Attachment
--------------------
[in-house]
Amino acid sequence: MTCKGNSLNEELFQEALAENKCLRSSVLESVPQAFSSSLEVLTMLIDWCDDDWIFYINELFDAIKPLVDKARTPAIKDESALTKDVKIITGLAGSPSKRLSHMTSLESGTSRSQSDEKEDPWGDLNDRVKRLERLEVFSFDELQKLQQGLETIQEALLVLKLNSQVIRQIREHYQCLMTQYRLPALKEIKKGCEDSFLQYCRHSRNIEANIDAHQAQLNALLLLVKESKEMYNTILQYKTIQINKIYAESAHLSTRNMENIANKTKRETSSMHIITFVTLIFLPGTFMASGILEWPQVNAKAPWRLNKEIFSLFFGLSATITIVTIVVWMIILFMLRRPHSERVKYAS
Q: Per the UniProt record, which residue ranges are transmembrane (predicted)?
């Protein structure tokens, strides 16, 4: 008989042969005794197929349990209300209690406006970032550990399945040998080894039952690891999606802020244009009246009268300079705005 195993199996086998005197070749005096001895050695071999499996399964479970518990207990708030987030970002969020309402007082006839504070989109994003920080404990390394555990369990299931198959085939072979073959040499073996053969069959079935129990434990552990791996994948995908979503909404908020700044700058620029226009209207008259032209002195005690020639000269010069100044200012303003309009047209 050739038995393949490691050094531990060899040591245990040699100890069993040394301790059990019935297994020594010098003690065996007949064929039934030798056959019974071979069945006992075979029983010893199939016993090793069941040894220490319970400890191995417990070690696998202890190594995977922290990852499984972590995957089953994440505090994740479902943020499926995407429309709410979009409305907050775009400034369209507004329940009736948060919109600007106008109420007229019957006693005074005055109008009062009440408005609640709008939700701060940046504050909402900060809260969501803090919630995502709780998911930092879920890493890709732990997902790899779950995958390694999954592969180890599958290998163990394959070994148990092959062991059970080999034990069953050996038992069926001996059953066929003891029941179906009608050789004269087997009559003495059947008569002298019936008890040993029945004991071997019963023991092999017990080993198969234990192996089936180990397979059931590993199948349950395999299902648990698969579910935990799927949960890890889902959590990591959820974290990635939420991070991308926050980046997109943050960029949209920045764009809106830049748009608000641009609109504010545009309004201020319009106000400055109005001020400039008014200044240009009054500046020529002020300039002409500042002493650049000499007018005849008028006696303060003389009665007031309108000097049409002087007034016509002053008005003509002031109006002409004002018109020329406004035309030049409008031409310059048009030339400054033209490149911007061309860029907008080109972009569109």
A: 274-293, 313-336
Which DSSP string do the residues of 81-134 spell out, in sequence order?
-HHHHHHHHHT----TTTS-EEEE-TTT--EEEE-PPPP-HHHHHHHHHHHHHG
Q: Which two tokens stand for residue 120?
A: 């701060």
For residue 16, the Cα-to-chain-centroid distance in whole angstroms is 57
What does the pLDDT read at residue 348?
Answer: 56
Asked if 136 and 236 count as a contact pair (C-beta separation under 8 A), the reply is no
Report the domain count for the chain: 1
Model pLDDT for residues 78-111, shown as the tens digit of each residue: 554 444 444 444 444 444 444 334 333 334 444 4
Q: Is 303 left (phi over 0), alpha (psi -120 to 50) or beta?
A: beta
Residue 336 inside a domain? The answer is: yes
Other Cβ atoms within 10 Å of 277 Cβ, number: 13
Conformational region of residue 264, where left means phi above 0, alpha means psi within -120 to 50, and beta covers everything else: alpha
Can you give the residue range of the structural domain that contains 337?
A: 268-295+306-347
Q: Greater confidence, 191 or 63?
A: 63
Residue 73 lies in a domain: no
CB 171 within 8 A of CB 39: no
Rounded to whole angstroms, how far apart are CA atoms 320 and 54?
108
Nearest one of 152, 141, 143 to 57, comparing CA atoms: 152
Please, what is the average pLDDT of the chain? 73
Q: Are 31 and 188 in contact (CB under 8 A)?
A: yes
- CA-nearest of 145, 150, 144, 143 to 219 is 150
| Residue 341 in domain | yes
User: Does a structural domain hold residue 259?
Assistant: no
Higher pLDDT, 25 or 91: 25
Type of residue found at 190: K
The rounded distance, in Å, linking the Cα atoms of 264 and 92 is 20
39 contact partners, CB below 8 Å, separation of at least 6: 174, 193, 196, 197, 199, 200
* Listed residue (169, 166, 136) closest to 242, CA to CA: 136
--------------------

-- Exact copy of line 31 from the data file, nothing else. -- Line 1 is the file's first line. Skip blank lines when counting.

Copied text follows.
Q: Are 31 and 188 in contact (CB under 8 A)?